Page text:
In the past, when programs needed to be transferred from one server to another, the same process as tape-to-tape transfer often was used. It was slow (real time) and prone to errors, but because the server manufactures used proprietary compression schemes, file transfers were almost nonexistent back then. Today, file transfer and conversions are making it easier to move files from one system to another.
That being said, these different video servers don’t all use the same file formats, so file conversion is required. File conversion also is necessary when files are created in nonlinear editing (NLE) systems in a format that’s incompatible with the server. And now that spots, and sometimes full-length programs, are being transferred over IP networks, these files too need to be converted.
Before discussing how files are transferred and converted, it’s necessary to review how the various video files are constructed and the codecs used to encode the video and audio information.
The codec that is used to encode the actual audio and video information is called an essence file. The essence files for all the audio and video tracks that make up a program are held together within a container file or, as it is called in professional video, a “wrapper” file. This one wrapper file contains all the information needed to playback the selected program with all audio and video tracks as well as metadata about the essence files.
Essence files are the basis for all audio and video files. When a video signal is encoded to a file, it might use an MPEG-2 codec, DV codec or even an M-JPEG codec — these are all essence files. They contain the data that is essential to what the viewer actually perceives. (See Figure 1.)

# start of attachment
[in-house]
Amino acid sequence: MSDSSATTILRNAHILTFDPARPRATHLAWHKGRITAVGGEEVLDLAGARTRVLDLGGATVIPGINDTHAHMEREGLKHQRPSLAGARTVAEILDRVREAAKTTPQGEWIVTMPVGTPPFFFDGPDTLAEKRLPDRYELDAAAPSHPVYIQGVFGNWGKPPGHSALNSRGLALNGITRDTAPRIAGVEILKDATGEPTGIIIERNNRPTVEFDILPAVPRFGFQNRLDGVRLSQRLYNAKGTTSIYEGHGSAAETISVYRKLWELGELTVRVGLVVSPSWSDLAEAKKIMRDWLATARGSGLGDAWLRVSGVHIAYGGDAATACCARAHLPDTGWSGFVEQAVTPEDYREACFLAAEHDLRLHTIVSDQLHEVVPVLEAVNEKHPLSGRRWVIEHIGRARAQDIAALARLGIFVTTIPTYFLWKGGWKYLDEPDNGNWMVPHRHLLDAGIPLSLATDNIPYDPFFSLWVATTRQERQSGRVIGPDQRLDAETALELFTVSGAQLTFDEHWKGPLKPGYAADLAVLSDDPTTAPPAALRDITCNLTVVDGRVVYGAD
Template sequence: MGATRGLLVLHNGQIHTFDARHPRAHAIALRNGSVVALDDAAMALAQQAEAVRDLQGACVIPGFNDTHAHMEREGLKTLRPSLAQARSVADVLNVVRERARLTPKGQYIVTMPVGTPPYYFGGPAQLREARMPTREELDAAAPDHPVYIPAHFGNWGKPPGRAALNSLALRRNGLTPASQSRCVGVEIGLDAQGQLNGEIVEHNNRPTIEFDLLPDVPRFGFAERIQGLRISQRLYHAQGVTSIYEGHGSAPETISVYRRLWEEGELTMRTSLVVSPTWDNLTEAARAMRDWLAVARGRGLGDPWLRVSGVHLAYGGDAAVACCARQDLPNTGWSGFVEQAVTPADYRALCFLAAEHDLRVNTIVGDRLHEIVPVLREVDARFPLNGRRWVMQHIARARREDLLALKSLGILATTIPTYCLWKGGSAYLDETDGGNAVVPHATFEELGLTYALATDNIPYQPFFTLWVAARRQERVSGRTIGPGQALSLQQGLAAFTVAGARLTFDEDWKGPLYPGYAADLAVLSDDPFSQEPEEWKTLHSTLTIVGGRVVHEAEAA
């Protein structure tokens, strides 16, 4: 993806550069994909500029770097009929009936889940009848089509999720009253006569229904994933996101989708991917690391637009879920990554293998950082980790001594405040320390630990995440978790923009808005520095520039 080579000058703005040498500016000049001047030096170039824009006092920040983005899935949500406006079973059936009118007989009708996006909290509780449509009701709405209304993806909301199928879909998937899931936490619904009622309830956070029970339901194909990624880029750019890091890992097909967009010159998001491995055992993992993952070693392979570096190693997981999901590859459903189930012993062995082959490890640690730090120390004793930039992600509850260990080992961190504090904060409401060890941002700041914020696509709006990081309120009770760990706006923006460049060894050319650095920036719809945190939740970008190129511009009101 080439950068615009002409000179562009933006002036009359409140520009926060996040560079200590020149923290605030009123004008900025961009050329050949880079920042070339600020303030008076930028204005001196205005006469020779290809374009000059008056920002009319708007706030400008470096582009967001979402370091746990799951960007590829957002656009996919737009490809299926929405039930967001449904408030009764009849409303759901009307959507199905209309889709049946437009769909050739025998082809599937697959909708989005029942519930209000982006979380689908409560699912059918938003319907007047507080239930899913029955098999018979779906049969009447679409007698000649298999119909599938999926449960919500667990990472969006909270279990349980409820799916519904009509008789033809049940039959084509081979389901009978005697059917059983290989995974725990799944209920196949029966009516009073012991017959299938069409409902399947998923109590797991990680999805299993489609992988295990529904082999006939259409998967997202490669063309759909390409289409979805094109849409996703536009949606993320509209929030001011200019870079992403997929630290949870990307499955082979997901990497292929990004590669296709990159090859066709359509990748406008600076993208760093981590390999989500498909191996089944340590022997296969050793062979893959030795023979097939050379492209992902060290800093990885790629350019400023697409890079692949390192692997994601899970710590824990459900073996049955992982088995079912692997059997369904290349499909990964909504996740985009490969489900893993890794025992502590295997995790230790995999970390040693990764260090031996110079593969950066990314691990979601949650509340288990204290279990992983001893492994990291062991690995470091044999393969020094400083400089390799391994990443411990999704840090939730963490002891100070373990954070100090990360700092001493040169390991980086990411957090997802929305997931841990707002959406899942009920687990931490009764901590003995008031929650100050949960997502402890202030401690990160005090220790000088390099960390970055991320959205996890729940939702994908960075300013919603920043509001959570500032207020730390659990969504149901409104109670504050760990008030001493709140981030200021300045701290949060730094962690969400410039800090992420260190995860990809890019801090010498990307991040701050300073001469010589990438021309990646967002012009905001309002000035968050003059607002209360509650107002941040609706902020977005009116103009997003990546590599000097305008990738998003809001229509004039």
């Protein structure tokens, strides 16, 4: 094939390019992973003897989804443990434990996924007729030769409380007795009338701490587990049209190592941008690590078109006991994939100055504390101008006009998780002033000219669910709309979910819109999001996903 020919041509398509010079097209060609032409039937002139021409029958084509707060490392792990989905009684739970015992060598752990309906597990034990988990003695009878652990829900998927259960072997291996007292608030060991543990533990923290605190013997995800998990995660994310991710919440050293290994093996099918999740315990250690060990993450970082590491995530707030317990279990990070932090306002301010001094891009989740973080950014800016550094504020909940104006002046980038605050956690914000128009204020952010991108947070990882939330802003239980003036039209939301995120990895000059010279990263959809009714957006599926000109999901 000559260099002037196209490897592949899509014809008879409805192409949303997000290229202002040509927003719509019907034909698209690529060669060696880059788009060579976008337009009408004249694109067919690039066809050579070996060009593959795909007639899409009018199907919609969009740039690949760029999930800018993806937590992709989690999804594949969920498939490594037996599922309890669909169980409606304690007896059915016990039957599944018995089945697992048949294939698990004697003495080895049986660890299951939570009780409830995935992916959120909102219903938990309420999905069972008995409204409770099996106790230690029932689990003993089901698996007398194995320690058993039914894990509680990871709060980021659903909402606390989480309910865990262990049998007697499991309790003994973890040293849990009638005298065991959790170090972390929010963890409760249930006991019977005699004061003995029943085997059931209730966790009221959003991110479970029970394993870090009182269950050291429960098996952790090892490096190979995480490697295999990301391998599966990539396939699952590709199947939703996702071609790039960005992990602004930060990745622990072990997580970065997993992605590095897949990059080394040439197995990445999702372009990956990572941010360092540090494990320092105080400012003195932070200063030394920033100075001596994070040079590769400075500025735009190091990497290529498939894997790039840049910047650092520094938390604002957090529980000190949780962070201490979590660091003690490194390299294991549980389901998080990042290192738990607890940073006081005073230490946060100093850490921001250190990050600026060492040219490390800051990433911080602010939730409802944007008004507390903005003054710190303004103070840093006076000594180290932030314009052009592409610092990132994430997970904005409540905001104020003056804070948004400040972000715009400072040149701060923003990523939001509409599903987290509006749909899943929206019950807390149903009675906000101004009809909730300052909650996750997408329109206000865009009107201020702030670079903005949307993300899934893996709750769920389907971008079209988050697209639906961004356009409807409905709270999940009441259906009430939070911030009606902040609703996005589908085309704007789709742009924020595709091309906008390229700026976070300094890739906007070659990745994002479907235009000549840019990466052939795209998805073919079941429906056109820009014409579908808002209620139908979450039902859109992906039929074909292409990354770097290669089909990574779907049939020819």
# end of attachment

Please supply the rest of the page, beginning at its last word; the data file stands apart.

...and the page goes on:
The type of essence file determines the quality of the audio and video signals contained within. Many video servers store their files in the MPEG format, which uses compression that results in smaller file sizes; others use DV as their native format. Whichever one is used, conversion must take place before a file of a different essence type can be played back on it.
Wrappers are what contain the essence files that make up a complete audio and video file or program. The wrapper holds both the audio and video essence files, in addition to metadata that contains information about what is contained inside. The metadata can consist of timing information, time code, title and segment names, air dates, kill dates and many other types of data. Different types of wrappers will carry different amounts and types of metadata. (See Figure 2.)